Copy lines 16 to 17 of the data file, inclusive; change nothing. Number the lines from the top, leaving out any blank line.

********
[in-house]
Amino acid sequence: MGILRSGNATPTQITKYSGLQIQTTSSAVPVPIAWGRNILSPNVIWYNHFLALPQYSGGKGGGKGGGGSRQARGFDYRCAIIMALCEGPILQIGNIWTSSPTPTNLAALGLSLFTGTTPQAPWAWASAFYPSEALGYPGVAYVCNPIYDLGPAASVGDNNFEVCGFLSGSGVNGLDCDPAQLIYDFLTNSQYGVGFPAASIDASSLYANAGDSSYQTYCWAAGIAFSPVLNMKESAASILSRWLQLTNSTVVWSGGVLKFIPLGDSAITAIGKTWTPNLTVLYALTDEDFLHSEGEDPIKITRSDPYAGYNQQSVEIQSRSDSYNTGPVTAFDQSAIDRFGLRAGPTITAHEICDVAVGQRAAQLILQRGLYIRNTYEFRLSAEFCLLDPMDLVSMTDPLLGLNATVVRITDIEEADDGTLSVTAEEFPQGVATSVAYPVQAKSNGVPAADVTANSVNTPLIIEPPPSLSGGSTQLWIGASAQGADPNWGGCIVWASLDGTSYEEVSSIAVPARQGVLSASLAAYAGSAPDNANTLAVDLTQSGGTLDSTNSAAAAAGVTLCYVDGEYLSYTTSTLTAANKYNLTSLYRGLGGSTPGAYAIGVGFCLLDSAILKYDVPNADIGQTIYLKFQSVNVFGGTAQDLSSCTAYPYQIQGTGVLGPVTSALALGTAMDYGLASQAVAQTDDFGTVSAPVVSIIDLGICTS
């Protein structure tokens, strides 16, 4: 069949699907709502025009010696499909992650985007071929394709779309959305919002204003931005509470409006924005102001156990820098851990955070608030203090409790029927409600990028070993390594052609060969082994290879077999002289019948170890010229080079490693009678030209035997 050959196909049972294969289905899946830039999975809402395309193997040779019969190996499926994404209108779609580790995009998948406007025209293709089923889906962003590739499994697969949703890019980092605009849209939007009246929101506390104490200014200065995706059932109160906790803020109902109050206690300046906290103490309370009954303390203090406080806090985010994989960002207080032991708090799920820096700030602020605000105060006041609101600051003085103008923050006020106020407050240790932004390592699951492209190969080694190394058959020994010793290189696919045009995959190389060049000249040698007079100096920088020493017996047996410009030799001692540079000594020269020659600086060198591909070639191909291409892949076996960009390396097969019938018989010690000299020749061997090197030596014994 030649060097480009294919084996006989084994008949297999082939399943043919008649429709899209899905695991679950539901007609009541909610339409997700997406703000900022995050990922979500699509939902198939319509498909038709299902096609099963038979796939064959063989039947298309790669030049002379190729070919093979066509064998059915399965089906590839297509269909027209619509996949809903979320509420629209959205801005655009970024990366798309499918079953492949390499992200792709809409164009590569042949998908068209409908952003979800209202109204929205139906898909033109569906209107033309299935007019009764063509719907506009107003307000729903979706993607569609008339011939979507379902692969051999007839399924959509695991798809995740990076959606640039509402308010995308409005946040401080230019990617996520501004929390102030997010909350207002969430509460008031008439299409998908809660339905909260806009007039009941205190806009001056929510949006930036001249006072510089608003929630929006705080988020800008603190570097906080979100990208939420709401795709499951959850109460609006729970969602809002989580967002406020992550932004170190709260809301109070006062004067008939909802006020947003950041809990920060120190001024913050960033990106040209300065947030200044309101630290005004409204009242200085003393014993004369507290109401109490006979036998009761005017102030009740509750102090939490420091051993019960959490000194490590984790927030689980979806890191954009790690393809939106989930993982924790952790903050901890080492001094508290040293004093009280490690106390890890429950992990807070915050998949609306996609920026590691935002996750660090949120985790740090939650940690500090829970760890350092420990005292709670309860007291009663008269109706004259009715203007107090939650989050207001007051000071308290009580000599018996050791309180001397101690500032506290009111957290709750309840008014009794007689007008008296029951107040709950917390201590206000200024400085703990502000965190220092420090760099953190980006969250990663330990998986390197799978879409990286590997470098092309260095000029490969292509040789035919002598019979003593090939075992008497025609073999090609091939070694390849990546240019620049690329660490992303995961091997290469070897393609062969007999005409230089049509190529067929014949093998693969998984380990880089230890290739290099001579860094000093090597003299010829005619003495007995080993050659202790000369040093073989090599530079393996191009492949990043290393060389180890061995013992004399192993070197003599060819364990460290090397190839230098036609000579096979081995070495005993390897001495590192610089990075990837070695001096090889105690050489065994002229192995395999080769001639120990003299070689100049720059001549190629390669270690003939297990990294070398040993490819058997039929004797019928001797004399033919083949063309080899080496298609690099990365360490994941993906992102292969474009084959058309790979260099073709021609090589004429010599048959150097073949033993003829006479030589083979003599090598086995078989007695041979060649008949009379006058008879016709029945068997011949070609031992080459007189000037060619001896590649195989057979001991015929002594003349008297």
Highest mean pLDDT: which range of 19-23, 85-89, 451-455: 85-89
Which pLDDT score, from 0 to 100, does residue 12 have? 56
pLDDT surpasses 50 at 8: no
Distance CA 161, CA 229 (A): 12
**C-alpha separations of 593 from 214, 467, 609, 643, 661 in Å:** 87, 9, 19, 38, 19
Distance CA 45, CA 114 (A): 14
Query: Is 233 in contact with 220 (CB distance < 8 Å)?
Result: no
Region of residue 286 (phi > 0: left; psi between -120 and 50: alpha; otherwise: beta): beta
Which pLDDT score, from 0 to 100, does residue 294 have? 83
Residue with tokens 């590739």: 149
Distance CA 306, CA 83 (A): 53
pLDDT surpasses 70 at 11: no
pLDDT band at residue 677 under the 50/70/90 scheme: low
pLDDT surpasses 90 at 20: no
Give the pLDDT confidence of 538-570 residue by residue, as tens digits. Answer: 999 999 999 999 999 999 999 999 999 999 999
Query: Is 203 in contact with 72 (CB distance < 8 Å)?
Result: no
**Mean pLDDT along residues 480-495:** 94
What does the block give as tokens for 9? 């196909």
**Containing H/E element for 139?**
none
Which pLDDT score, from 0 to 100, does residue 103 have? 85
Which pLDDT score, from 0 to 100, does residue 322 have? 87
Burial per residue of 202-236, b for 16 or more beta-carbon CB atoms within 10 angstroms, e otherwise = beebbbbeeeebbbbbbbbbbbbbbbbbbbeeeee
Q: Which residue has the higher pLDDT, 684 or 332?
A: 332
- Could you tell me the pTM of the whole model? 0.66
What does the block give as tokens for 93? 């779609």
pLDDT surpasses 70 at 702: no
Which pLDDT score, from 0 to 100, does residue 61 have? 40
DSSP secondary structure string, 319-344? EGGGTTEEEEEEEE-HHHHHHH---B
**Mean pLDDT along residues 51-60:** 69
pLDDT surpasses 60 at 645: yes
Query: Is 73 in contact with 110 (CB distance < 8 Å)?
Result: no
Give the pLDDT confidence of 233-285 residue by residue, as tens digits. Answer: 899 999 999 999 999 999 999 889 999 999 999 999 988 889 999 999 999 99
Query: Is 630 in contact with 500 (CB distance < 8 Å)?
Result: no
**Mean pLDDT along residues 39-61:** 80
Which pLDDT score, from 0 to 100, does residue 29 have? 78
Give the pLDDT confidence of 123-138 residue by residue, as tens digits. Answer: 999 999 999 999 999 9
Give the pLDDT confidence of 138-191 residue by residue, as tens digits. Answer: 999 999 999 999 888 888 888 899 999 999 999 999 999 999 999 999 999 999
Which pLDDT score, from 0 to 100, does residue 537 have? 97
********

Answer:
pLDDT surpasses 70 at 11: no
pLDDT band at residue 677 under the 50/70/90 scheme: low